There are like 6 conferences happening in Orlando right now, along with a packed schedule that I happen to have over the next few weeks as we’re trying to launch big marketing and partner strategy stuff – so we’re about as booked as it gets for things like in person meetings and office visits. Here is where I will be over the next few days:
Fri Nov 6 – Magic Kingdom
Sat Nov 7 – Gainesville UF game, Epcot run from 11 PM – 4 AM
Sun Nov 8 – More Epcot Wine & Dine
Nov 9 – Nov 12 – Slammed.
Sat Nov 14 – Gainesville UF game
Sun Nov 15 – Epcot Wine & Dine
If you’re around any of those over the next week or two, let me know and let’s catch up. Otherwise I’m kind of slammed. If you know me from my 20s or early 30s where I slept 2 hours a night and had 3 lunches and then went to back to back parties.. That dude got a wife and kids and multiple businesses and started running and he (probably) won’t be at the bar at 2 AM. I know, I miss him too but life is good.
So drop me an email. Look forward to DDoSing my calendar for the rest of the year and I think you’re going to love all the stuff we’ve been cooking up for ‘16.
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Every now and then I have what I like to call existential crisis conversations with my partners: I don’t know what I’m going to do next?!?!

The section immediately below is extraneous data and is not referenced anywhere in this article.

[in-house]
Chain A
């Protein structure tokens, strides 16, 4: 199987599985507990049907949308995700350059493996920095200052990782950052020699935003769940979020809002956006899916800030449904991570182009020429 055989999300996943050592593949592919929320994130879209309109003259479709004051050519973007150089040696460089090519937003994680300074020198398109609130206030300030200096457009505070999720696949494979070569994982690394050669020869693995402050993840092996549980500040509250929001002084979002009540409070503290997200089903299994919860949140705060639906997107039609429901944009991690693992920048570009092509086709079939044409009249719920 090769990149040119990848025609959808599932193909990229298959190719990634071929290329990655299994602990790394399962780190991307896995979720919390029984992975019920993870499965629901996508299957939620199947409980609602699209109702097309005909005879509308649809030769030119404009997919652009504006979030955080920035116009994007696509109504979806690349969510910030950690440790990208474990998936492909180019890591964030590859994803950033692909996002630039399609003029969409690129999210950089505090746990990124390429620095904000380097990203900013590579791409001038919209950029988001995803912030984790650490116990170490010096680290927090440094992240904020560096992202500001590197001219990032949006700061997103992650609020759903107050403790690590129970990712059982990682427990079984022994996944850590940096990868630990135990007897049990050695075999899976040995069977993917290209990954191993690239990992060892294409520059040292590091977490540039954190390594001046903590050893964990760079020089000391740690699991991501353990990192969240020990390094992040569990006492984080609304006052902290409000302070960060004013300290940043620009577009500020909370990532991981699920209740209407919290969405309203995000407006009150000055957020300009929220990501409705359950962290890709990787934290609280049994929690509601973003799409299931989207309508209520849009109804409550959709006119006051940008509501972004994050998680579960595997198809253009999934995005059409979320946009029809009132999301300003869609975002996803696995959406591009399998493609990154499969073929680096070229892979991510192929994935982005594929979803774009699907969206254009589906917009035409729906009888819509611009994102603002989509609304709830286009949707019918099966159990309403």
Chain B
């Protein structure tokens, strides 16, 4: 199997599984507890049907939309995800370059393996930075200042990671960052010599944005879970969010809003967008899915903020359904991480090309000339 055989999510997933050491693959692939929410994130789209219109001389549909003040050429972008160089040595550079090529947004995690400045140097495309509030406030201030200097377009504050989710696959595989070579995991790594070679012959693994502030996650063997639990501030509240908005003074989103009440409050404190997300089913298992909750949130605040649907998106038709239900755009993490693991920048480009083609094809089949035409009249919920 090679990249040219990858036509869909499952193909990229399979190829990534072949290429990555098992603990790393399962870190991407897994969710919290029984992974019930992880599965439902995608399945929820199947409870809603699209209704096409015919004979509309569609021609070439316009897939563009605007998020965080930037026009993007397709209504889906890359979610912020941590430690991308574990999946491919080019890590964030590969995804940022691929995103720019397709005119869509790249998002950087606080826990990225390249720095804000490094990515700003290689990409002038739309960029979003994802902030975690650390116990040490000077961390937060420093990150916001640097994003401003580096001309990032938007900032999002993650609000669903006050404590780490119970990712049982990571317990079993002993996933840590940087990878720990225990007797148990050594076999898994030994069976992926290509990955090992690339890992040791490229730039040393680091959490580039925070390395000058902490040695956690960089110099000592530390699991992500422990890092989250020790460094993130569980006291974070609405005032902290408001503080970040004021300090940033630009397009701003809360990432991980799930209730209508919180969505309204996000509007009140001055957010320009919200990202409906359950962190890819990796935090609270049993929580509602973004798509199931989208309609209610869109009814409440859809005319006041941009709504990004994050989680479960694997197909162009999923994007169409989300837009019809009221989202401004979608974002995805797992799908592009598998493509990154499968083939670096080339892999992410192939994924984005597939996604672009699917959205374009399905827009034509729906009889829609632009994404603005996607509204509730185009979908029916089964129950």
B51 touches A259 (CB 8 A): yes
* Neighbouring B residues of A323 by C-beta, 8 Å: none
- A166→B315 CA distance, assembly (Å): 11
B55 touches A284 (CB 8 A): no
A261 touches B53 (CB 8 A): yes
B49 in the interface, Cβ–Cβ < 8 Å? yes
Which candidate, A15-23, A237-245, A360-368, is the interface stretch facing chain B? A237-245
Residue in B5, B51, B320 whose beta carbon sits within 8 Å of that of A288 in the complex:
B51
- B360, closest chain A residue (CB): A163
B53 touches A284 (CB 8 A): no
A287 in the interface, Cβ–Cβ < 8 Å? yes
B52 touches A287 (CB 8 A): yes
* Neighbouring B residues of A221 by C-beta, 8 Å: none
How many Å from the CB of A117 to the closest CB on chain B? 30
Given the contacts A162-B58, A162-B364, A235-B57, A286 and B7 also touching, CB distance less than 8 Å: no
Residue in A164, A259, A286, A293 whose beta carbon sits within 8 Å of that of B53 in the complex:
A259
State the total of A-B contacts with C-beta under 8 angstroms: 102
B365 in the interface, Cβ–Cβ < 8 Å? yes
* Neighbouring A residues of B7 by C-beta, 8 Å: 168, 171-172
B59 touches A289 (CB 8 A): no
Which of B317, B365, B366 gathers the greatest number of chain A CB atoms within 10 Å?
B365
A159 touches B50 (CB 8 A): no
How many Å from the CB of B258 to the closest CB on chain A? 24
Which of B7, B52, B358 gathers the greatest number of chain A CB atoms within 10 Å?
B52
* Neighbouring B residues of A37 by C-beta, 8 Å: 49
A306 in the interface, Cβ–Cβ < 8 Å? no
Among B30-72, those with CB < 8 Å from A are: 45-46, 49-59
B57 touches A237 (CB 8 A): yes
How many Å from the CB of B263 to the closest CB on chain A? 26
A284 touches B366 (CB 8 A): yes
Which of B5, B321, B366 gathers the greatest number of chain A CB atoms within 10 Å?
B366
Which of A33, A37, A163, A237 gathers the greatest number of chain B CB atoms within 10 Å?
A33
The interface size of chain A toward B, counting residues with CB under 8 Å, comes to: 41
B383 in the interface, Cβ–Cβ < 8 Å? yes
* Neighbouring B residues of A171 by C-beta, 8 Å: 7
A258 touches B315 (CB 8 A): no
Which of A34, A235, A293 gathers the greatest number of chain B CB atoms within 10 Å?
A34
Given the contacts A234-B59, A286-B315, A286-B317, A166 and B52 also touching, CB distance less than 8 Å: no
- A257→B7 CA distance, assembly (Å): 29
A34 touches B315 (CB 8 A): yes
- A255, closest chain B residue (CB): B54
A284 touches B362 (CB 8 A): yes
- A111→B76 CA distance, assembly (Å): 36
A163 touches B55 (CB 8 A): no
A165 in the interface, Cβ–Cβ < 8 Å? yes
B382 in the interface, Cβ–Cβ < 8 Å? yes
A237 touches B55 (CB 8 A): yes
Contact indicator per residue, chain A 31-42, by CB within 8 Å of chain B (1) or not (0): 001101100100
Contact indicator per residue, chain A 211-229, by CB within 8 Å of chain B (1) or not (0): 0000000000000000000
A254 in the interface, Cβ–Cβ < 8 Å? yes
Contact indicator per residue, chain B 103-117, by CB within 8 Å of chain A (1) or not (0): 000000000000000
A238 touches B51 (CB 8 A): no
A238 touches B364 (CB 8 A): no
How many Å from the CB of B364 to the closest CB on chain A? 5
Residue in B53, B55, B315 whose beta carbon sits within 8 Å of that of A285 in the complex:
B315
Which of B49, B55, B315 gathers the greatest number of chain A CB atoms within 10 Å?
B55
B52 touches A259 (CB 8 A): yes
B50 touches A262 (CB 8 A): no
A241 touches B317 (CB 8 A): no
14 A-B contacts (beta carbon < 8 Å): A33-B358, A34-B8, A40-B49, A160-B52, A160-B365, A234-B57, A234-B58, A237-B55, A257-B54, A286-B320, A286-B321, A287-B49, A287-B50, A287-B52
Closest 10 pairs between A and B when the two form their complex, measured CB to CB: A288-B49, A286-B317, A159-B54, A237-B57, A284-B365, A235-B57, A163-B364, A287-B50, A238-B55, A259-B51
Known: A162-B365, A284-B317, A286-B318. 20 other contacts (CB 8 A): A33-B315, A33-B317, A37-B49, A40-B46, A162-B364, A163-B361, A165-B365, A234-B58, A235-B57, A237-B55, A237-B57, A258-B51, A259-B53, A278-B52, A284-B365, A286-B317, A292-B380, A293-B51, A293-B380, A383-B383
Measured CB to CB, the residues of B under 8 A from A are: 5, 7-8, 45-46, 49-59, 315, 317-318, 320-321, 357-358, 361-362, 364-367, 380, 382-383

And to an extent, I understand why some people get into this frenzy – you’re being fed a steady diet of “what’s next” usually by people who flame out and are back at doing the exact same thing a year later. Folks… I’ll say this slowly: that’s not success. For every guy that loads up on debt, gets lucky, sells his business and makes a killing there are millions of those that don’t. And like I said, if that were a winning strategy those folks would be out on a yacht, not in a job. Or worse, same or lower job.
So now that we’ve clarified that bit of fantasy..
Success in IT business is no different than success in any other business – you learn to benefit from change, you learn how to hire and train people to manage a business and you pursue the next idea.
Not all ideas will be winners.
But once you know how to build, manage and scale a winning idea you start to diversify, you start to invest and you begin to invest in ideas and people – not in the process and perfection. I’ve seen so many people fail trying to be perfect operators of a business and end up failing to deal with the change.